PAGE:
The Rage and the Pride  

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"I want to defend my culture, not theirs, and I inform you that I like Dante Alighieri and Shakespeare and Goethe and Verlaine and Walt Whitman and Leopardi much more than Omar Khayyam." --page 86

"They didn't even like the fact that I cried on the armless and legless Ukrainian recruits who, having been abandoned by those barbarians and recovered by their comrades, now lay in the field-hospitals imploring let-me-die." --page 86

"As for the arms and the legs, they sold them as trophies in the bazaar." --page 86

"a sort of primer in how not to write about Islam" Christopher Hitchens in "Holy Writ" (2003)

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The Rage and the Pride (2001, La Rabbia e l’Orgoglio in Italian) is a book written in the wake of the September 11, 2001 attacks by Italian journalist and author Oriana Fallaci. It questions stated tenets of Islam and its practices, condemns totalitarian forces bent on destroying liberal Western society and civilisation, and rails against apathy regarding the immediate threat posed by Islamic fundamentalism. Fallaci's book was originally a series of articles written for the national Italian newspaper Corriere della Sera. The book has been a bestseller in Italy and Europe, where it has sold over 1.5 million copies.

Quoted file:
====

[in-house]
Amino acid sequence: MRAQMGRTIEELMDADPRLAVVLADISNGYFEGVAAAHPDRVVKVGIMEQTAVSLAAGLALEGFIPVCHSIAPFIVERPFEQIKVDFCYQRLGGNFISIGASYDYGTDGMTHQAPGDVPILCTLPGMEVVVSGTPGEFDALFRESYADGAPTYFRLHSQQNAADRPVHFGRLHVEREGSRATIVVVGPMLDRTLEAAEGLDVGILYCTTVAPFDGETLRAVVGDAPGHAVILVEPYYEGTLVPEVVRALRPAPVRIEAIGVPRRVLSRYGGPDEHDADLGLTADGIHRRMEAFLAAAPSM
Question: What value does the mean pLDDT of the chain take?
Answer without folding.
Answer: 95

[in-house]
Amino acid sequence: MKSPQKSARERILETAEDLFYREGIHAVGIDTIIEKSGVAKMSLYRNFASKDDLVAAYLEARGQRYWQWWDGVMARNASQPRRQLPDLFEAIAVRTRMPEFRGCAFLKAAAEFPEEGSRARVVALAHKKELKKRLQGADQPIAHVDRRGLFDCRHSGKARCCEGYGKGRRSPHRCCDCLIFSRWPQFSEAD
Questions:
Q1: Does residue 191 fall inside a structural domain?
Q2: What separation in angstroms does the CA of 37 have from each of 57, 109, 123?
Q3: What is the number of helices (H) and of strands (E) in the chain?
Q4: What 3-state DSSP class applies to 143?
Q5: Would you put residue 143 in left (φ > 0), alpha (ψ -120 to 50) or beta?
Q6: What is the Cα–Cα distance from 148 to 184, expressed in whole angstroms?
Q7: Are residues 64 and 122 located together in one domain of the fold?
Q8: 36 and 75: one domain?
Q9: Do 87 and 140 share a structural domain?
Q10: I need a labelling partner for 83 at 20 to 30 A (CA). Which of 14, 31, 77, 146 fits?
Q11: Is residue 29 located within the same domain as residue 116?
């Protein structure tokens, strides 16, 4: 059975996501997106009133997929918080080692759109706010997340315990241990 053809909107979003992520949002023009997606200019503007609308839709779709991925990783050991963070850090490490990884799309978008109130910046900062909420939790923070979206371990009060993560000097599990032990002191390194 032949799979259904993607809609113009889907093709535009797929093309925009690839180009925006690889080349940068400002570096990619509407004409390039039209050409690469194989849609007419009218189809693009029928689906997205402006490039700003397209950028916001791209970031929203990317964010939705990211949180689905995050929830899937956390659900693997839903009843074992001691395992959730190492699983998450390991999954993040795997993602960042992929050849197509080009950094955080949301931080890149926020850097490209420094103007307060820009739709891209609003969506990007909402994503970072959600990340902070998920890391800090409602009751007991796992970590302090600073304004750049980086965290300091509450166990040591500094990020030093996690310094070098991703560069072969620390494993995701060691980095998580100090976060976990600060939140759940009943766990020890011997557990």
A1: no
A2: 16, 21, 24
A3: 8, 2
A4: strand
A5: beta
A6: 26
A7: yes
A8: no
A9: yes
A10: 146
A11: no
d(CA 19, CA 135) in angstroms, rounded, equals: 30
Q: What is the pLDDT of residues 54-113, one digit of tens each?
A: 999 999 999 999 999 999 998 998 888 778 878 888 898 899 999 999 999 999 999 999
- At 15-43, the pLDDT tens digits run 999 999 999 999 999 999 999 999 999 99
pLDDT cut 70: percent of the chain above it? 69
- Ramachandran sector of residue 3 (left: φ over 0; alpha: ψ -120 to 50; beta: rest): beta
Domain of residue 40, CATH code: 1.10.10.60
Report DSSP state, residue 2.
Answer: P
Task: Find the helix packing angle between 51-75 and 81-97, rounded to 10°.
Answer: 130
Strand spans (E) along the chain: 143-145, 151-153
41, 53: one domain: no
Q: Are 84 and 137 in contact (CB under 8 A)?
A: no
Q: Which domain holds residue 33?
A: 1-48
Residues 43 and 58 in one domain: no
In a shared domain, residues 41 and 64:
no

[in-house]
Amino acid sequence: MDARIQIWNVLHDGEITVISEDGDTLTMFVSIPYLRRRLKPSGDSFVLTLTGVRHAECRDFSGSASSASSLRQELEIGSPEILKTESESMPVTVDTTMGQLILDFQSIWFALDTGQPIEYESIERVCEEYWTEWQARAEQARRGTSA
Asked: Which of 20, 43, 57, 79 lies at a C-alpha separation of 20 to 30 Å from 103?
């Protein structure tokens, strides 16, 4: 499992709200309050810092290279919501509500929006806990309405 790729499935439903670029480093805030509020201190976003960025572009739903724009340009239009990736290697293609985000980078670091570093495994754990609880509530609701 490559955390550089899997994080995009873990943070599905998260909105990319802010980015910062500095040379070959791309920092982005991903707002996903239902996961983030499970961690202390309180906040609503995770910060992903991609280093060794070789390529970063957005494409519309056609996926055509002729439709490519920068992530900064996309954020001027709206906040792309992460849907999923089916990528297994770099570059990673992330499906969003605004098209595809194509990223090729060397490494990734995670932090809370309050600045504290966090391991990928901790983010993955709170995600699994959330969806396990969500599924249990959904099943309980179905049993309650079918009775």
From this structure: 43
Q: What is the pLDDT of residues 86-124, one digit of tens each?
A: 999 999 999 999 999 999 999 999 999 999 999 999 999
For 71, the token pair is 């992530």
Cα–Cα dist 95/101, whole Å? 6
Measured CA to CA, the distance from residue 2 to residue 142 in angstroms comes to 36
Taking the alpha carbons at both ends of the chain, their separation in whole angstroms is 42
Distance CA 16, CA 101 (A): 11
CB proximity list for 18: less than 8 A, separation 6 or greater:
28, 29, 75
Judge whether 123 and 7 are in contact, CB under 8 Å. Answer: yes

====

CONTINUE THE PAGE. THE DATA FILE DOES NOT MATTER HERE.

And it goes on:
The book was reviewed by Rana Kabbani as "Bible of the Muslim Haters" (2002).


The book was popular by many, especially in Italy. Some reviewers, however, found it excessive. Christopher Hitchens, himself a vocal critic of Islam, described it in a review for the Atlantic Monthly ("Holy Writ", 2003) as "a sort of primer in how not to write about Muslims" and noted that it resembled earlier anti-Semitic texts depicting Jews as vermin. Michael Ledeen commended Fallaci’s "wonderful way with words" and called the book "terrific".

See also

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